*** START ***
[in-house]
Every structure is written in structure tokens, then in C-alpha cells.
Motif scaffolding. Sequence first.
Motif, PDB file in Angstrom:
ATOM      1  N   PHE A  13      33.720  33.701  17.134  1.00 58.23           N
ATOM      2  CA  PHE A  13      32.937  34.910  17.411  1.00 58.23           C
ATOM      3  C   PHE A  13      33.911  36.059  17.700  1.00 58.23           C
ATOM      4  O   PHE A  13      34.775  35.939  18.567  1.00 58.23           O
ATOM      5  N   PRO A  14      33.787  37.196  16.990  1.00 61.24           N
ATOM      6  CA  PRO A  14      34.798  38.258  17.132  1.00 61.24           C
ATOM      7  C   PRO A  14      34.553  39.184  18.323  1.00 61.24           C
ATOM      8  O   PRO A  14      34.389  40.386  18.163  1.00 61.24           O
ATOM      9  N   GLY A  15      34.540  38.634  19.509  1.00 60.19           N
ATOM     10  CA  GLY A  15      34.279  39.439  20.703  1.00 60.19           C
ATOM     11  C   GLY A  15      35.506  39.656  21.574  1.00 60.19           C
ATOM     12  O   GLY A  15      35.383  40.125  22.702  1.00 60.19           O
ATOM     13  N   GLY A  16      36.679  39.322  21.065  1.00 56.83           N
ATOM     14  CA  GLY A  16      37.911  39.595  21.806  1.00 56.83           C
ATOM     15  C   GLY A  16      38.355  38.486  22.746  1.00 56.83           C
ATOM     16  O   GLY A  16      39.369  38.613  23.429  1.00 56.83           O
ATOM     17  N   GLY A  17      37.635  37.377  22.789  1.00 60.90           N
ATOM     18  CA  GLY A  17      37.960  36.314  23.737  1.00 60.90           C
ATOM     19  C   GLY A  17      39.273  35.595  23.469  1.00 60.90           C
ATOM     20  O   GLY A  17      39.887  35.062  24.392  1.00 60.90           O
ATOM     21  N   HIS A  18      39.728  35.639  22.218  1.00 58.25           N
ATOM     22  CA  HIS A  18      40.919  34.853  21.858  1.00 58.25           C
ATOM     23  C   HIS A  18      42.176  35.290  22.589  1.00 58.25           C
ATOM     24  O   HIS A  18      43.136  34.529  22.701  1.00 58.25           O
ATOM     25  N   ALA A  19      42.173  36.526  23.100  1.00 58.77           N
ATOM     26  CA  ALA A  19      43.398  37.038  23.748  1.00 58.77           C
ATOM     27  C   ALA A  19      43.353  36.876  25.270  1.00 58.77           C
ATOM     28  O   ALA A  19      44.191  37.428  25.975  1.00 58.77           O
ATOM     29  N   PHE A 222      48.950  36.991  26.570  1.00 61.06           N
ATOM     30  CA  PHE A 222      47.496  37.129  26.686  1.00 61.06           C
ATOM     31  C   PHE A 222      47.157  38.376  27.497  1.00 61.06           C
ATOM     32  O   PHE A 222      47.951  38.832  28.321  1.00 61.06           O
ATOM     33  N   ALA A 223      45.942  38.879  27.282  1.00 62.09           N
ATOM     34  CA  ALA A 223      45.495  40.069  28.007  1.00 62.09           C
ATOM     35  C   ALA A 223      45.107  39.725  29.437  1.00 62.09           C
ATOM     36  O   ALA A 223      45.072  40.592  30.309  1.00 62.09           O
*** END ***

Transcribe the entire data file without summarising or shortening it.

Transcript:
[in-house]
Every structure is written in structure tokens, then in C-alpha cells.
Motif scaffolding. Sequence first.
Motif, PDB file in Angstrom:
ATOM      1  N   PHE A  13      33.720  33.701  17.134  1.00 58.23           N
ATOM      2  CA  PHE A  13      32.937  34.910  17.411  1.00 58.23           C
ATOM      3  C   PHE A  13      33.911  36.059  17.700  1.00 58.23           C
ATOM      4  O   PHE A  13      34.775  35.939  18.567  1.00 58.23           O
ATOM      5  N   PRO A  14      33.787  37.196  16.990  1.00 61.24           N
ATOM      6  CA  PRO A  14      34.798  38.258  17.132  1.00 61.24           C
ATOM      7  C   PRO A  14      34.553  39.184  18.323  1.00 61.24           C
ATOM      8  O   PRO A  14      34.389  40.386  18.163  1.00 61.24           O
ATOM      9  N   GLY A  15      34.540  38.634  19.509  1.00 60.19           N
ATOM     10  CA  GLY A  15      34.279  39.439  20.703  1.00 60.19           C
ATOM     11  C   GLY A  15      35.506  39.656  21.574  1.00 60.19           C
ATOM     12  O   GLY A  15      35.383  40.125  22.702  1.00 60.19           O
ATOM     13  N   GLY A  16      36.679  39.322  21.065  1.00 56.83           N
ATOM     14  CA  GLY A  16      37.911  39.595  21.806  1.00 56.83           C
ATOM     15  C   GLY A  16      38.355  38.486  22.746  1.00 56.83           C
ATOM     16  O   GLY A  16      39.369  38.613  23.429  1.00 56.83           O
ATOM     17  N   GLY A  17      37.635  37.377  22.789  1.00 60.90           N
ATOM     18  CA  GLY A  17      37.960  36.314  23.737  1.00 60.90           C
ATOM     19  C   GLY A  17      39.273  35.595  23.469  1.00 60.90           C
ATOM     20  O   GLY A  17      39.887  35.062  24.392  1.00 60.90           O
ATOM     21  N   HIS A  18      39.728  35.639  22.218  1.00 58.25           N
ATOM     22  CA  HIS A  18      40.919  34.853  21.858  1.00 58.25           C
ATOM     23  C   HIS A  18      42.176  35.290  22.589  1.00 58.25           C
ATOM     24  O   HIS A  18      43.136  34.529  22.701  1.00 58.25           O
ATOM     25  N   ALA A  19      42.173  36.526  23.100  1.00 58.77           N
ATOM     26  CA  ALA A  19      43.398  37.038  23.748  1.00 58.77           C
ATOM     27  C   ALA A  19      43.353  36.876  25.270  1.00 58.77           C
ATOM     28  O   ALA A  19      44.191  37.428  25.975  1.00 58.77           O
ATOM     29  N   PHE A 222      48.950  36.991  26.570  1.00 61.06           N
ATOM     30  CA  PHE A 222      47.496  37.129  26.686  1.00 61.06           C
ATOM     31  C   PHE A 222      47.157  38.376  27.497  1.00 61.06           C
ATOM     32  O   PHE A 222      47.951  38.832  28.321  1.00 61.06           O
ATOM     33  N   ALA A 223      45.942  38.879  27.282  1.00 62.09           N
ATOM     34  CA  ALA A 223      45.495  40.069  28.007  1.00 62.09           C
ATOM     35  C   ALA A 223      45.107  39.725  29.437  1.00 62.09           C
ATOM     36  O   ALA A 223      45.072  40.592  30.309  1.00 62.09           O